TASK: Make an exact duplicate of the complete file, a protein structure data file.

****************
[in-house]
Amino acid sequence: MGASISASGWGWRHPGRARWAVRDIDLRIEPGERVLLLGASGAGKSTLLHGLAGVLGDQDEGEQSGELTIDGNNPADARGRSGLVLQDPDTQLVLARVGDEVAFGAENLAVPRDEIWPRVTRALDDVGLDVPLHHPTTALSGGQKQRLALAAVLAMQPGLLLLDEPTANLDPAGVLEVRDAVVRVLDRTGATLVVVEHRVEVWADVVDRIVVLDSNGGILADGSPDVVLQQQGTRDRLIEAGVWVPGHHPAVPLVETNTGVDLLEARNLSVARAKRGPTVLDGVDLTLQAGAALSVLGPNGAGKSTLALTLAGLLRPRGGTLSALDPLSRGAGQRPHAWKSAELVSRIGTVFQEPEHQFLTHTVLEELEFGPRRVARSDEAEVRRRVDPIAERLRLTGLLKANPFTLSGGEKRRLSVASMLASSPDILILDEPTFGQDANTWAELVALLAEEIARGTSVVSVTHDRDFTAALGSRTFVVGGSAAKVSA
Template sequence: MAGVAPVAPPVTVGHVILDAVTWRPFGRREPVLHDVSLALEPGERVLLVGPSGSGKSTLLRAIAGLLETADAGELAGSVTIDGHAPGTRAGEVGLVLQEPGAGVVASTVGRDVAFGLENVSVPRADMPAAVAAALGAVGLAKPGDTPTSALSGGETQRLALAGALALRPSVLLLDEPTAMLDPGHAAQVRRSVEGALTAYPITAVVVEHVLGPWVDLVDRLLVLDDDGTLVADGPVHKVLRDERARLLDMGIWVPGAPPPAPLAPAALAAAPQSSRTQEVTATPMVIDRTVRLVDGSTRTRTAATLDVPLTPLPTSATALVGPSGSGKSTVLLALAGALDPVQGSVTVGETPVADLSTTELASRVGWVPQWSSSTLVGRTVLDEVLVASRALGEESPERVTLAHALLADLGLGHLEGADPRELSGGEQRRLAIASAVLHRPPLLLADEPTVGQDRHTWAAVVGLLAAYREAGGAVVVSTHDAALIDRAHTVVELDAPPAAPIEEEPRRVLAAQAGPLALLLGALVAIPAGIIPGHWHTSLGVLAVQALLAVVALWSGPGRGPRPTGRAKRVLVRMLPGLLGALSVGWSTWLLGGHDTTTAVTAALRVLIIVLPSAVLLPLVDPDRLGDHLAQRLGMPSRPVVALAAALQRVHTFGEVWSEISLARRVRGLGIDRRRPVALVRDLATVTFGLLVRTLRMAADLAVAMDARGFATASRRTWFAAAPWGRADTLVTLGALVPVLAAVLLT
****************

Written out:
[in-house]
Amino acid sequence: MGASISASGWGWRHPGRARWAVRDIDLRIEPGERVLLLGASGAGKSTLLHGLAGVLGDQDEGEQSGELTIDGNNPADARGRSGLVLQDPDTQLVLARVGDEVAFGAENLAVPRDEIWPRVTRALDDVGLDVPLHHPTTALSGGQKQRLALAAVLAMQPGLLLLDEPTANLDPAGVLEVRDAVVRVLDRTGATLVVVEHRVEVWADVVDRIVVLDSNGGILADGSPDVVLQQQGTRDRLIEAGVWVPGHHPAVPLVETNTGVDLLEARNLSVARAKRGPTVLDGVDLTLQAGAALSVLGPNGAGKSTLALTLAGLLRPRGGTLSALDPLSRGAGQRPHAWKSAELVSRIGTVFQEPEHQFLTHTVLEELEFGPRRVARSDEAEVRRRVDPIAERLRLTGLLKANPFTLSGGEKRRLSVASMLASSPDILILDEPTFGQDANTWAELVALLAEEIARGTSVVSVTHDRDFTAALGSRTFVVGGSAAKVSA
Template sequence: MAGVAPVAPPVTVGHVILDAVTWRPFGRREPVLHDVSLALEPGERVLLVGPSGSGKSTLLRAIAGLLETADAGELAGSVTIDGHAPGTRAGEVGLVLQEPGAGVVASTVGRDVAFGLENVSVPRADMPAAVAAALGAVGLAKPGDTPTSALSGGETQRLALAGALALRPSVLLLDEPTAMLDPGHAAQVRRSVEGALTAYPITAVVVEHVLGPWVDLVDRLLVLDDDGTLVADGPVHKVLRDERARLLDMGIWVPGAPPPAPLAPAALAAAPQSSRTQEVTATPMVIDRTVRLVDGSTRTRTAATLDVPLTPLPTSATALVGPSGSGKSTVLLALAGALDPVQGSVTVGETPVADLSTTELASRVGWVPQWSSSTLVGRTVLDEVLVASRALGEESPERVTLAHALLADLGLGHLEGADPRELSGGEQRRLAIASAVLHRPPLLLADEPTVGQDRHTWAAVVGLLAAYREAGGAVVVSTHDAALIDRAHTVVELDAPPAAPIEEEPRRVLAAQAGPLALLLGALVAIPAGIIPGHWHTSLGVLAVQALLAVVALWSGPGRGPRPTGRAKRVLVRMLPGLLGALSVGWSTWLLGGHDTTTAVTAALRVLIIVLPSAVLLPLVDPDRLGDHLAQRLGMPSRPVVALAAALQRVHTFGEVWSEISLARRVRGLGIDRRRPVALVRDLATVTFGLLVRTLRMAADLAVAMDARGFATASRRTWFAAAPWGRADTLVTLGALVPVLAAVLLT